The term has created confusion for maybe-bombers too. In relationship-advice forums on Reddit, people now wonder whether they might be harming those they love with an excess of affection. “Is this message love bombing?” one recent poster asked, sharing a note they’d just sent to their partner: “I cannot express the gratitude I have for you there are no words.” Such questions are tricky because, taken at face value, what’s really being asked is something like, “Am I about to abuse this person?” Or, at least, “Am I doing something that could later scan as manipulative, assuming any possible combination of subsequent events?” Responses in these forums tend to be equivocal.

Wainwright, the TikTok creator who also hosts a podcast called Main Character Moment (she is the main character; her exes are the “side characters”), has been an innovator in love-bombing content because she uses the term confidently but also acknowledges her own uncertainty about its relevance to her life. A recent video comprises two clips, the first of which was recorded months ago, after she’d received an elaborate floral arrangement from a new boyfriend. “I’m recording this and putting it immediately in the drafts,” Wainwright says. “Am I being love bombed? I don’t think I am, but like I said, time will tell.” She smiles and breathes in the smell of the flowers. Then the video cuts to the second clip, of Wainwright in a room with bleak lighting, looking dead in the eyes. “Well this aged extremely poorly because the answer was yes, I was being love bombed,” she says.

[Read: How did we get so cringe?]

She tells the rest of the story in a handful of subsequent videos, but to summarize: It was a fairy tale that came to a sudden, unhappy end. The guy had been perfect—some would say “too good to be true.” Then, someone who had seen him in Wainwright’s TikTok videos emailed out of the blue, attaching proof that the boyfriend had been messaging girls on Hinge as recently as that night. He denied it even when faced with photos and screen recordings, so Wainwright left his apartment and never went back. She was hurt, personally, but she was also vindicated, publicly. All along she had thought it was possible she was being love bombed—she’d created that “Am I being love bombed?” video as a prewritten obituary. “In the back of my head, I always thought it was possible,” she told me. “You kind of have to wait and see.”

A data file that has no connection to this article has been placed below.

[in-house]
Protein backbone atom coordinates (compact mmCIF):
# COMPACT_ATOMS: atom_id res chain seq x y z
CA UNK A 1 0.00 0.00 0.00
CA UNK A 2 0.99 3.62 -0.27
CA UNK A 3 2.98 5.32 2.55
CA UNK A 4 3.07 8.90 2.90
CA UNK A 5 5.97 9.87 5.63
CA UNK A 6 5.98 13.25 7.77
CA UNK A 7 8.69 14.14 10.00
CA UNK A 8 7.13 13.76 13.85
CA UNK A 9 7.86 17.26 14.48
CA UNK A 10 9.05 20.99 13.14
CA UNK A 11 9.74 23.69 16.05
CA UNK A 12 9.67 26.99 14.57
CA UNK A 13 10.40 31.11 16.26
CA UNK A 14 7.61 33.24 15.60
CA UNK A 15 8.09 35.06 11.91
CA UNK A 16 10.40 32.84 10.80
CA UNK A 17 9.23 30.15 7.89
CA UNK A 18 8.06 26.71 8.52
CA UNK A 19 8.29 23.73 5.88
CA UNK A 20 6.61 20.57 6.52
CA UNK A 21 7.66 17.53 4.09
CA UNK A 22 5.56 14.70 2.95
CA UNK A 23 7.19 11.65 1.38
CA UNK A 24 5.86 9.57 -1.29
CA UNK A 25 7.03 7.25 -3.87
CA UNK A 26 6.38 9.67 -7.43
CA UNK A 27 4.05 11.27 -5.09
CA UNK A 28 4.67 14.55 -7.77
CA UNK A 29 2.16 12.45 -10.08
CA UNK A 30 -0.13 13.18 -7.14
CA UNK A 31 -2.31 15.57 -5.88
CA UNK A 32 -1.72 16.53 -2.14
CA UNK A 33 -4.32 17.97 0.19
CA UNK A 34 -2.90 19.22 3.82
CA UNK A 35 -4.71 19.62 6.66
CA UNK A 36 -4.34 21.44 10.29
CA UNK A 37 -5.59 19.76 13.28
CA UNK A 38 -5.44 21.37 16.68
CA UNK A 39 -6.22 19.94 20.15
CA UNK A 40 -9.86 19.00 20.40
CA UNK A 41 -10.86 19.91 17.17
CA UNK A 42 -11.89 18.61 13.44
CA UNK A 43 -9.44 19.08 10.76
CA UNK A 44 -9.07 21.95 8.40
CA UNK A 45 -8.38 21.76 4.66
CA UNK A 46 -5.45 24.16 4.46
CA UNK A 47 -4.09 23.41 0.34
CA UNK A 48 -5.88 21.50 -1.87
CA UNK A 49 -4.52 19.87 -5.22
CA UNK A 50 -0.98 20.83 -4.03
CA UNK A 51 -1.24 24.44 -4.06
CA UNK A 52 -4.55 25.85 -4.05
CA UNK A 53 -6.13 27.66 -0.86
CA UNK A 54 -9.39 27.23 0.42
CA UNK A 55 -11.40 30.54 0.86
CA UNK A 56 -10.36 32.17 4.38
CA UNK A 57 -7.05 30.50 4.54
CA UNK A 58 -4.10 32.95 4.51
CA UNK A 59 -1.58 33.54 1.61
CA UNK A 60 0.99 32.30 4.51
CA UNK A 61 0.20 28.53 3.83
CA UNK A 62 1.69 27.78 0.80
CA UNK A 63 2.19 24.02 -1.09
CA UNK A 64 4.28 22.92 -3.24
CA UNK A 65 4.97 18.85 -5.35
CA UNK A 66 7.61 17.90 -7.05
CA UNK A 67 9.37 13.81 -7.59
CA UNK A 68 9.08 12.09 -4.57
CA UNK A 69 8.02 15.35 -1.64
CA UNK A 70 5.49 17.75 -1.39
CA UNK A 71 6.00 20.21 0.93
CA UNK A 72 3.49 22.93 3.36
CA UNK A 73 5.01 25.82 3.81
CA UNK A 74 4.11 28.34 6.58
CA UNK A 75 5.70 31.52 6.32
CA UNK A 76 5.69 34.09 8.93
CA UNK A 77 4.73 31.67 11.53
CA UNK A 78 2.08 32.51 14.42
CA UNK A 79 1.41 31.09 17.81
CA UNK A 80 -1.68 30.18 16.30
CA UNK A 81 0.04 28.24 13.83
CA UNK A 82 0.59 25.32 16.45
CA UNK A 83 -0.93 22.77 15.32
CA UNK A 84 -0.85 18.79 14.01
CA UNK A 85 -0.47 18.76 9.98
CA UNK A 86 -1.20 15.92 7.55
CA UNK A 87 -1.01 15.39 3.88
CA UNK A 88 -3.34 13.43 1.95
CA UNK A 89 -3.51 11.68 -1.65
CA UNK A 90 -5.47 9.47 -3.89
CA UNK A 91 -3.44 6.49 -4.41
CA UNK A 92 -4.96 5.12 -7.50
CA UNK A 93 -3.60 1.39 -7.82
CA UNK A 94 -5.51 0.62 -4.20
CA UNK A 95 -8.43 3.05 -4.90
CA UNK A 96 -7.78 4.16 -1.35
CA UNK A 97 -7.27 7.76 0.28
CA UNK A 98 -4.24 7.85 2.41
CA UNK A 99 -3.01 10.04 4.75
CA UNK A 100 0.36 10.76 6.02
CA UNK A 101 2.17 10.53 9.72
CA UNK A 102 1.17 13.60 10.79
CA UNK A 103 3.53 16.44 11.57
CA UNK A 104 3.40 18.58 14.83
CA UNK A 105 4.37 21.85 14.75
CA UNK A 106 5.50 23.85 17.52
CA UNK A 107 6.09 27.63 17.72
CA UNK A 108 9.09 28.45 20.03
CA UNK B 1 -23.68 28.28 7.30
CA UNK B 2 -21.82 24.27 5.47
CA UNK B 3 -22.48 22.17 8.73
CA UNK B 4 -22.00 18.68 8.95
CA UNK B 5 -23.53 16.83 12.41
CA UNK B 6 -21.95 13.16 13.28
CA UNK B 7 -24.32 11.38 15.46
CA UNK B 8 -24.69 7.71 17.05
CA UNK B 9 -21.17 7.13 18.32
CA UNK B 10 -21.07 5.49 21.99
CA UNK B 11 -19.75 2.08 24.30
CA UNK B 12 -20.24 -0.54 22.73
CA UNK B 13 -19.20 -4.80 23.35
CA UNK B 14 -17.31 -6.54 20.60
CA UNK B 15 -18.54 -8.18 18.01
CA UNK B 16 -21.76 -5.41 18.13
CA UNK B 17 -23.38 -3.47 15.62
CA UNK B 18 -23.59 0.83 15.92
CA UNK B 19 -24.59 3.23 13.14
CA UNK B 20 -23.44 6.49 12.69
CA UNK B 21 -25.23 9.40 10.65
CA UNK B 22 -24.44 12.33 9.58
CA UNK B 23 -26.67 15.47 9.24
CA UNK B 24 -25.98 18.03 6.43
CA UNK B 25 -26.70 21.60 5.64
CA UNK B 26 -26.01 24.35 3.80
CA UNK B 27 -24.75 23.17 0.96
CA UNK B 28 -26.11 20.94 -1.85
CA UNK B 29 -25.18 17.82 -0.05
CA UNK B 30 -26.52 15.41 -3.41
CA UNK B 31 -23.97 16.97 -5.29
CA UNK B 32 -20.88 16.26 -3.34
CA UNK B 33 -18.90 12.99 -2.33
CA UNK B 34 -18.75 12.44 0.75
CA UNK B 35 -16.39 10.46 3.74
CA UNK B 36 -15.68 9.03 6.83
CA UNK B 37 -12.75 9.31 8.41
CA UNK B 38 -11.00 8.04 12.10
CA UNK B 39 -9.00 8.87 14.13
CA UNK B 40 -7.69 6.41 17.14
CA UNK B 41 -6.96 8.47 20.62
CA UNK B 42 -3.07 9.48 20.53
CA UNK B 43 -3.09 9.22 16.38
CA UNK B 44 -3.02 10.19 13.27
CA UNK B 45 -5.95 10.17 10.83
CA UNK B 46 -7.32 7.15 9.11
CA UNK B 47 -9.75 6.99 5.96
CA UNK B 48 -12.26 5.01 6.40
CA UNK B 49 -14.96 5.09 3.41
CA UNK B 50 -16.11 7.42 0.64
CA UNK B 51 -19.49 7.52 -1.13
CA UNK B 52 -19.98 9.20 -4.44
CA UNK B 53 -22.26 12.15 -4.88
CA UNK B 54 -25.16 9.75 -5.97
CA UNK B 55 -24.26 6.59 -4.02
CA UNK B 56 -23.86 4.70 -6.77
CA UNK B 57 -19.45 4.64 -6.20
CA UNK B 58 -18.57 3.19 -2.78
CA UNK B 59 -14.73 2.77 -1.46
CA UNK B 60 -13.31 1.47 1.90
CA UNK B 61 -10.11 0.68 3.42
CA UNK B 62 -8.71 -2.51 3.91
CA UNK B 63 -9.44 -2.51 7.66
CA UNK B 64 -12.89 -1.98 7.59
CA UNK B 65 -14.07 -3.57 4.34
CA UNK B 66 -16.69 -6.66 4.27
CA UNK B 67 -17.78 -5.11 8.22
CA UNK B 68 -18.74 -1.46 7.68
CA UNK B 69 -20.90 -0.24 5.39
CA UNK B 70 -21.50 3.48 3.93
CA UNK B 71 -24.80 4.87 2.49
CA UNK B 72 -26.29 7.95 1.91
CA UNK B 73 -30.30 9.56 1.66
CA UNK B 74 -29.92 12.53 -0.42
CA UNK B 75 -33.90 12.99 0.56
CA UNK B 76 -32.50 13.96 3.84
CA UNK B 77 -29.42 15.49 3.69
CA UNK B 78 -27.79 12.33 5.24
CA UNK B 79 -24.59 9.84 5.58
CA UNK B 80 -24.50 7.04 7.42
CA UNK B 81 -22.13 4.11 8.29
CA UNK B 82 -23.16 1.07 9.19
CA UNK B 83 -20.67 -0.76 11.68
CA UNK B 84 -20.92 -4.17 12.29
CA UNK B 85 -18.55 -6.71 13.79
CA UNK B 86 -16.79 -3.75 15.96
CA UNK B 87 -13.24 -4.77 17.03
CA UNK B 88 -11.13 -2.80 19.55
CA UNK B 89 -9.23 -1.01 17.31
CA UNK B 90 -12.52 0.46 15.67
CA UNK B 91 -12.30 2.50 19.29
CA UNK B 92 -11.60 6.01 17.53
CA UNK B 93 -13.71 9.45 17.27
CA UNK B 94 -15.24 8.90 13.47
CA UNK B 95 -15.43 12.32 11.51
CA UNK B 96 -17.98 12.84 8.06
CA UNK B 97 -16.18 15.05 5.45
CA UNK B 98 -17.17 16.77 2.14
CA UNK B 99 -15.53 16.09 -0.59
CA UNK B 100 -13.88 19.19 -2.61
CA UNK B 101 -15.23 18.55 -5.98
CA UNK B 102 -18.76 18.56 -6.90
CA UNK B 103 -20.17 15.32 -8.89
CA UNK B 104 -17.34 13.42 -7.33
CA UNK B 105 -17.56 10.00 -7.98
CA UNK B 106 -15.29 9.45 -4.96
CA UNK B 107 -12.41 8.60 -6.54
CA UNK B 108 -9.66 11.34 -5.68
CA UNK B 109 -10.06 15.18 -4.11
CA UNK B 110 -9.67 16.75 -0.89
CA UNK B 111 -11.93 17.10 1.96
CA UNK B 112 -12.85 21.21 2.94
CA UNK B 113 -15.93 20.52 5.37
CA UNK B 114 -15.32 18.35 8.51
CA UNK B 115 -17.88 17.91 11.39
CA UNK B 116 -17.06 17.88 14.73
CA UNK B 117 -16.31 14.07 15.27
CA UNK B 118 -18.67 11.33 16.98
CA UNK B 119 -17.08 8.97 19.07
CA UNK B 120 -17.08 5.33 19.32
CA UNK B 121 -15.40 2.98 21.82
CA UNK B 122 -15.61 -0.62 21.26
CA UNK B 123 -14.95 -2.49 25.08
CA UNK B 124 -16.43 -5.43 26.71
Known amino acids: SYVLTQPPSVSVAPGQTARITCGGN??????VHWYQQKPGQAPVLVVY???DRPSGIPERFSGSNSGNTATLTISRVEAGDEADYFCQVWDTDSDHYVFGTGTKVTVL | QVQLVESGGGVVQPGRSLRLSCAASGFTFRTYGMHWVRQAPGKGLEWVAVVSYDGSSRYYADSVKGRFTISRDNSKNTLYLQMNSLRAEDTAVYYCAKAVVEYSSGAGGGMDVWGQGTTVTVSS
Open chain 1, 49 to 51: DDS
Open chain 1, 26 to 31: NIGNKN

Watching her videos in reverse chronological order, you can see her go from that moment of disillusionment back into infatuation with the “angel boyfriend.” And if you scroll back far enough, you’ll see her going through a different breakup, the one that first made her semi-famous. That one was only sad and unexpected. The guy wasn’t a love bomber. But he did change her life, she told me, because the breakup motivated her to move from Chicago to Toronto, and because it inspired her to start posting relationship content to TikTok. “I decided to start documenting that healing process on TikTok right away,” she said. “I started making videos the very next day.”

Wainwright emphasized that she would never call her most recent ex a narcissist—“from the research I’ve done, it’s really hard to, you know, just diagnose someone. And there aren’t a ton of documented cases of narcissism.” But no one would dispute her claim that he’s a love bomber, because the substantiation comes solely from her own experience. It’s a perfect word: simple, shocking, and above all, flexible. It can apply to almost anyone.